Introduction to Facebook Advertising

If you are unfamiliar with Facebook advertising, it may seem like a daunting challenge to tackle. There is certainly a lot of information to understand to be effecting in your efforts. We hope to break down the different parts and make the challenge more manageable. Understanding Facebook advertising will ensure an increase of consumer attention on your company’s brand, service and/or products.

Targeted Ads

Targeting can be extremely effective. According to Facebook statistics, targeted campaigns on the platform are roughly 89% accurate. This greatly succeeds the average online accuracy of 38%.

The key is to know your customers. There are billions of active Facebook users. Not all of them will be interested in what you have to offer. Knowing your customer demographics and their interests will greatly increase the likelihood your ads are placed in front of high intent users looking to buy.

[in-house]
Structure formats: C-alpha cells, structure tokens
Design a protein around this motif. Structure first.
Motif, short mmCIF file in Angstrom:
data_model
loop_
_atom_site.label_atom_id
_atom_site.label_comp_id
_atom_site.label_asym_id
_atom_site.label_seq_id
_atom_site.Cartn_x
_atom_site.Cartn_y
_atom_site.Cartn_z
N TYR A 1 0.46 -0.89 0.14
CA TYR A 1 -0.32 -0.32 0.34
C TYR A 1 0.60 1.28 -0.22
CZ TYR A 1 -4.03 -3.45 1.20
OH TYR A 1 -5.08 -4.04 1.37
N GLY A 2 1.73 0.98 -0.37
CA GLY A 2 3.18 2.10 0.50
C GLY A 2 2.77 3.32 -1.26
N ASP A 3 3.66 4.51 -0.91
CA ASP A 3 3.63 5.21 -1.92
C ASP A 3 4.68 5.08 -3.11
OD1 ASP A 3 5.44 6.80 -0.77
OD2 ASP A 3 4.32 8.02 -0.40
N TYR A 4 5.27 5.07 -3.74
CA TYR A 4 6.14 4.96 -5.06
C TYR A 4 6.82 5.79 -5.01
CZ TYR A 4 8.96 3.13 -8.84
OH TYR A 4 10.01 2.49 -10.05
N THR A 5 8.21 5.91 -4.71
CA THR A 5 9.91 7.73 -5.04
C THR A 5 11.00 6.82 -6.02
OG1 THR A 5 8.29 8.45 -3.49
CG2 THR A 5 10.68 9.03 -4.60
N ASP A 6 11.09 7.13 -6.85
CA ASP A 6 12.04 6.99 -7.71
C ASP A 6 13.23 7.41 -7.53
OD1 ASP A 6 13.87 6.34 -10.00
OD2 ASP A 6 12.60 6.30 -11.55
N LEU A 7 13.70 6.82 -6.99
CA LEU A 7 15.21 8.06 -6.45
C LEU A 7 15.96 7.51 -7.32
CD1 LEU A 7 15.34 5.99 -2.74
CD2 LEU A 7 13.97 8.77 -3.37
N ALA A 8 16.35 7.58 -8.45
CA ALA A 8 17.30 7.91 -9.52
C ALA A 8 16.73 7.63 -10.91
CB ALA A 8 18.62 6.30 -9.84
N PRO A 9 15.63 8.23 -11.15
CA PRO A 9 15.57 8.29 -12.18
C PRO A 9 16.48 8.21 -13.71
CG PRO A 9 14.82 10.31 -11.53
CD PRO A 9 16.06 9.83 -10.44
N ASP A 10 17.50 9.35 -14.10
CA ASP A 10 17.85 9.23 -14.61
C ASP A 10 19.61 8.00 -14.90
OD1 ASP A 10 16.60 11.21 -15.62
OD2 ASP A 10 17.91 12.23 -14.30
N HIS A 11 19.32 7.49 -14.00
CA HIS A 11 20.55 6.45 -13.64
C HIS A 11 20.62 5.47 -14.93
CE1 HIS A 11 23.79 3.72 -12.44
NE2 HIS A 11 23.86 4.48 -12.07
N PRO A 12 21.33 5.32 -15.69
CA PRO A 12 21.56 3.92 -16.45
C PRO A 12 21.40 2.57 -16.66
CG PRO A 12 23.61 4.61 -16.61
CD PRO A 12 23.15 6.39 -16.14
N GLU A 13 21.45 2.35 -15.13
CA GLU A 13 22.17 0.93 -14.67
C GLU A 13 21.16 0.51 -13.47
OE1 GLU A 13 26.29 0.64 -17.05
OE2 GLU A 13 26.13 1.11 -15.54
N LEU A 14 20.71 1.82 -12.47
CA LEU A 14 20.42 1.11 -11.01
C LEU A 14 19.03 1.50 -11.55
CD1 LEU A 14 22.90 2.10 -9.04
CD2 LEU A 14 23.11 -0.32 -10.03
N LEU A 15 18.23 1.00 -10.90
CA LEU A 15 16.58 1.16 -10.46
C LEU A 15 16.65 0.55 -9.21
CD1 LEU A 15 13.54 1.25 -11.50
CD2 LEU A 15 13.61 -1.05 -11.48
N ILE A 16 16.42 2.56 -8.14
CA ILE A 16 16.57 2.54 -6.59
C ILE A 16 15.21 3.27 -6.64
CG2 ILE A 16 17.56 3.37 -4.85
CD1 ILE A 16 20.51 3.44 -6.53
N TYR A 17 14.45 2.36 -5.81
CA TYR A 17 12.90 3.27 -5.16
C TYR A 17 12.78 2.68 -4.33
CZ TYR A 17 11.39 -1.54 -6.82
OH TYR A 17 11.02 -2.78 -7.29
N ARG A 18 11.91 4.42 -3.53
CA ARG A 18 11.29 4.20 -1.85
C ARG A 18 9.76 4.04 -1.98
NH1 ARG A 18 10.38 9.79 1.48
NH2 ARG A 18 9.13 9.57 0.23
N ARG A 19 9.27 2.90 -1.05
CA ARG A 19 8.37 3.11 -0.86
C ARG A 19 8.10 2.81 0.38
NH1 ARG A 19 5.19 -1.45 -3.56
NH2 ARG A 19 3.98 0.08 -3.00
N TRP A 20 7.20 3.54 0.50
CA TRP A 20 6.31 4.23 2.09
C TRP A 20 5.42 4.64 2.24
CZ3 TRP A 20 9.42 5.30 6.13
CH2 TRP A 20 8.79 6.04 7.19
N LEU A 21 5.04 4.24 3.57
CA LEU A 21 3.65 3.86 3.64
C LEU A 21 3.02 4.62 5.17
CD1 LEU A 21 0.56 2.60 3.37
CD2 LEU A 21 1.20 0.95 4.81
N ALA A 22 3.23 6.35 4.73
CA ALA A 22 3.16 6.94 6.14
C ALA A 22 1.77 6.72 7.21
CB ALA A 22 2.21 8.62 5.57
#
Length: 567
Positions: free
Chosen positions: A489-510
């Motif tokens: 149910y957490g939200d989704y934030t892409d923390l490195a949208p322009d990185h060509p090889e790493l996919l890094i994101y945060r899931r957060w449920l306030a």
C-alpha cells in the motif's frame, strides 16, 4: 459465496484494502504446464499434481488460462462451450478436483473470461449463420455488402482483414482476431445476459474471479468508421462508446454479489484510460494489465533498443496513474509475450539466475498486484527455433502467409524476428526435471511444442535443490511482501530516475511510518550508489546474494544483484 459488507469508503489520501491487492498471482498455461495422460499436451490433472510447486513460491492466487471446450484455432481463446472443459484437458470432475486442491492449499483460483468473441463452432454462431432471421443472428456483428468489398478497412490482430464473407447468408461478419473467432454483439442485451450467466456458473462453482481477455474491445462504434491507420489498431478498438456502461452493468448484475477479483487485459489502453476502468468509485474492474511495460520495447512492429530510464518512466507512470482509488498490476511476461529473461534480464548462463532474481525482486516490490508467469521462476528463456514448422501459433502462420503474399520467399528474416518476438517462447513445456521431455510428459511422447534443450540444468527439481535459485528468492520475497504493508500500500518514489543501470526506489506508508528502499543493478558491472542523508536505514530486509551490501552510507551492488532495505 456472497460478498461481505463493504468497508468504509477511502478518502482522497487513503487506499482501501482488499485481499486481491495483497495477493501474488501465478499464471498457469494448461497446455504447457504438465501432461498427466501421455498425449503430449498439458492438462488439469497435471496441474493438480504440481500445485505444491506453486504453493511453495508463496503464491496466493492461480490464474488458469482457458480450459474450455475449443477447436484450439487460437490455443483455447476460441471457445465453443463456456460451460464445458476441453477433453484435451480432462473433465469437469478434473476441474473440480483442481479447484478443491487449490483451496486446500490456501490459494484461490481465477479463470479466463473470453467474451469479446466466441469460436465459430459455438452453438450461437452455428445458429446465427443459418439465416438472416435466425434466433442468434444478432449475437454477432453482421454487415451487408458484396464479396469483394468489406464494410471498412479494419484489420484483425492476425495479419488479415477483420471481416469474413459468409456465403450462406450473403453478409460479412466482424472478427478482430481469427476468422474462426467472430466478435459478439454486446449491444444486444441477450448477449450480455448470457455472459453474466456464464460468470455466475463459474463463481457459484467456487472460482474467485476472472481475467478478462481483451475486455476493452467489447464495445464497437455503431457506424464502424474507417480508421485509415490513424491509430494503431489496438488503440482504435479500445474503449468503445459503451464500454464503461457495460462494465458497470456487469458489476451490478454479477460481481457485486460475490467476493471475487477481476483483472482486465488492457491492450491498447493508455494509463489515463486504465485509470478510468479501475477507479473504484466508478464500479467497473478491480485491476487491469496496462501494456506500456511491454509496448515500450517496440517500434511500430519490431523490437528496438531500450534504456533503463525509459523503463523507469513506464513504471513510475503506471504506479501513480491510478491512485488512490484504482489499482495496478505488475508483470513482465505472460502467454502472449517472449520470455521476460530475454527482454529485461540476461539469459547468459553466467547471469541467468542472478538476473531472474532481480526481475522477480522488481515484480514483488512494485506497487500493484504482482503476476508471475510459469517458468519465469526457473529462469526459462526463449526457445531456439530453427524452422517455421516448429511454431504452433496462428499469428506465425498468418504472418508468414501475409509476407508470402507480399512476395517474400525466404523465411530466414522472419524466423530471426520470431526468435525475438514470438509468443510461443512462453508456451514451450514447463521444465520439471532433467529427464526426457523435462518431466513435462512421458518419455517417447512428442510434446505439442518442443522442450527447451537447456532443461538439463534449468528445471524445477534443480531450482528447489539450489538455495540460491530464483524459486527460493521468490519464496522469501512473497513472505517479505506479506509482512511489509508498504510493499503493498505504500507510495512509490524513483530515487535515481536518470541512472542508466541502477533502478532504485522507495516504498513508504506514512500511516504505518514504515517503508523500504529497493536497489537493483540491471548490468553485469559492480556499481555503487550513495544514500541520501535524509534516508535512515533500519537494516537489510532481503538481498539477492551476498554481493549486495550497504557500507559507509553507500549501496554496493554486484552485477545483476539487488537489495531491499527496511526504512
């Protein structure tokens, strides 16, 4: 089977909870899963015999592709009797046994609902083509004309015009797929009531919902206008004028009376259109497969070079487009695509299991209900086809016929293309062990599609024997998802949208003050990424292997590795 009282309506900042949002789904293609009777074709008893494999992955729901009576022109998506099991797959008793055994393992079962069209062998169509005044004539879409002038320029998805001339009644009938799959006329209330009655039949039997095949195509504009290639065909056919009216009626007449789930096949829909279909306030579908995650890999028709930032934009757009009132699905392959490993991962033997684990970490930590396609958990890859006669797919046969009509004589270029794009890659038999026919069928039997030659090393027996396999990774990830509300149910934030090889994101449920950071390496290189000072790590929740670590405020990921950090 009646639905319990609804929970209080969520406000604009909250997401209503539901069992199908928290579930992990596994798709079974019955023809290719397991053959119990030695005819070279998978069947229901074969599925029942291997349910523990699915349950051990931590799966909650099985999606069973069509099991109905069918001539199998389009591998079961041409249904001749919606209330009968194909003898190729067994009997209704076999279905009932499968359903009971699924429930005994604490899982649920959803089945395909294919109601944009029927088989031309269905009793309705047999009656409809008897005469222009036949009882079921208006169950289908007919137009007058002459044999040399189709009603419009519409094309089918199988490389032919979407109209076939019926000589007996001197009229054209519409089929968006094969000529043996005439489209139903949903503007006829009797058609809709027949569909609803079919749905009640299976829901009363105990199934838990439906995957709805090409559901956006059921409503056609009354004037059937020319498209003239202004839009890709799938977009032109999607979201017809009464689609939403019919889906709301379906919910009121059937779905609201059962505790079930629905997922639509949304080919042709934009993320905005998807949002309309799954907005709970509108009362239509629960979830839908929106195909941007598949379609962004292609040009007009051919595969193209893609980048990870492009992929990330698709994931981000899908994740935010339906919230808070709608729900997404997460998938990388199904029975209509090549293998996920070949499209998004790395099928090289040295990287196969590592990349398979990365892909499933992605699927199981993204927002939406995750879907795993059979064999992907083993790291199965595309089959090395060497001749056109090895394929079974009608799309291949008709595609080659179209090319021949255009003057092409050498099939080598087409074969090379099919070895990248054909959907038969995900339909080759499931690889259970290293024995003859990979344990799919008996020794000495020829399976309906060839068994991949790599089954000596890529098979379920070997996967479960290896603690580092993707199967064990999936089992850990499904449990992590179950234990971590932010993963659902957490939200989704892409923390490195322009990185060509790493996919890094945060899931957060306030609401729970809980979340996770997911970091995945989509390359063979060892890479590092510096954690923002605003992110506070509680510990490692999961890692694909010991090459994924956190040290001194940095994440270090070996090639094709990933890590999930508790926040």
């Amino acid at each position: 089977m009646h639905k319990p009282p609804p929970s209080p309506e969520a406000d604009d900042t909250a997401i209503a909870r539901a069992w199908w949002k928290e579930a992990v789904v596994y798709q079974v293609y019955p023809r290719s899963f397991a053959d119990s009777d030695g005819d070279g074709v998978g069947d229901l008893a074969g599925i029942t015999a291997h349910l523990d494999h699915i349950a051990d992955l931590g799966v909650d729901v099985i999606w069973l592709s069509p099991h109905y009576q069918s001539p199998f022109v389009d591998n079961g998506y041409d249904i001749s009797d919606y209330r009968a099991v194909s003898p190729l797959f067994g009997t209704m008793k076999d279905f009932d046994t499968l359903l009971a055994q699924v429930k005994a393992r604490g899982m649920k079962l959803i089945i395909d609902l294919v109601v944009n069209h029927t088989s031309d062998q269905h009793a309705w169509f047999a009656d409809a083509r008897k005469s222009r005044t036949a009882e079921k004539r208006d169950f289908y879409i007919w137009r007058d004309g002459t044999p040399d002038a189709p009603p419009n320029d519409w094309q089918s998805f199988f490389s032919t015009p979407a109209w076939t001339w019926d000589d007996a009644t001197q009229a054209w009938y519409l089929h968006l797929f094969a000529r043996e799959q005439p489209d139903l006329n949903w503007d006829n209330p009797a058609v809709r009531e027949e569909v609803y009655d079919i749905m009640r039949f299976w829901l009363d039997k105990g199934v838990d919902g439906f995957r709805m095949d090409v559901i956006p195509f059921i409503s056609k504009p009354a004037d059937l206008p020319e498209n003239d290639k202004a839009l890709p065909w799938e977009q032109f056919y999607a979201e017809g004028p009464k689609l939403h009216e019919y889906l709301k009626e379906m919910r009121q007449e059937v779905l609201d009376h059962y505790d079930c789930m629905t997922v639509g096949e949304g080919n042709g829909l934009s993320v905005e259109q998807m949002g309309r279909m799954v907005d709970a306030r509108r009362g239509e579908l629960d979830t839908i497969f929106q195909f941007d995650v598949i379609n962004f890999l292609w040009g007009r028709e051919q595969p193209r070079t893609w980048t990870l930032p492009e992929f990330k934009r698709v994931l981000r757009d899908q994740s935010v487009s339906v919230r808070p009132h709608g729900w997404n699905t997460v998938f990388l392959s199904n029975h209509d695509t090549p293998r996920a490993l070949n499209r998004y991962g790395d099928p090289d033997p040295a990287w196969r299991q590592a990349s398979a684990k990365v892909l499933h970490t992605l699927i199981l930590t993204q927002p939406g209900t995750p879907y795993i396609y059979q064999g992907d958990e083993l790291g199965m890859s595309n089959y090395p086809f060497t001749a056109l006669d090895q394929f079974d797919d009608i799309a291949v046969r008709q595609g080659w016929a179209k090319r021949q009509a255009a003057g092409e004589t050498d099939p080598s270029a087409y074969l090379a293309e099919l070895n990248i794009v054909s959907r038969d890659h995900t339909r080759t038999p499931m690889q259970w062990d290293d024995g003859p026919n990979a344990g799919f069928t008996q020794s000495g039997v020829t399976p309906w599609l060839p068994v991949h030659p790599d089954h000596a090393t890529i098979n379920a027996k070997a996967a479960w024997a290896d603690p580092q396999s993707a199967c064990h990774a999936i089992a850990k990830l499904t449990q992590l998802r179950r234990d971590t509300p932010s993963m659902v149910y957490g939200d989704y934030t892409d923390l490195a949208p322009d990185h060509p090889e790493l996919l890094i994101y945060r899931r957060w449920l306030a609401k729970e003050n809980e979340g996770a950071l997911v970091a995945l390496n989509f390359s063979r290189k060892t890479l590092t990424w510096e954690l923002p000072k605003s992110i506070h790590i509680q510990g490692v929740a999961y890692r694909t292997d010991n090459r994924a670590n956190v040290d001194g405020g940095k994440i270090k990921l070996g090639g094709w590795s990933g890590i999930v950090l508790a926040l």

This is how Facebook breaks down how to target customers:

  • Saved Audiences
  • Custom Audiences
  • Lookalike Audiences

Insights and Analytics

Facebook provides powerful analytic tools, and using them effectively will help reach maximum engagement on posts.  The page insights tool shows how well a campaign is performing and effecting the page.

Data Metrics Include but are not limited to:

  • Followers
  • Likes
  • Reach
  • Views
  • Post reach
  • Overall engagement

Create a plan

With no clear-cut strategy, it is difficult to identify segments you want to target. ADFly uses a three-pillar approach to content posting.

  1. Brand 
  2. Community
  3. Promotion 

Using the strategy consistently will lend itself to insights on the consumer and grow your audience through refined targeting.

 

Social Media Management Tools

Social Media Management Tools

We know that consistent posting is the key to any successful social media campaign. However, a consistent social media posting schedule can get lost in the shuffle with day to day business operations.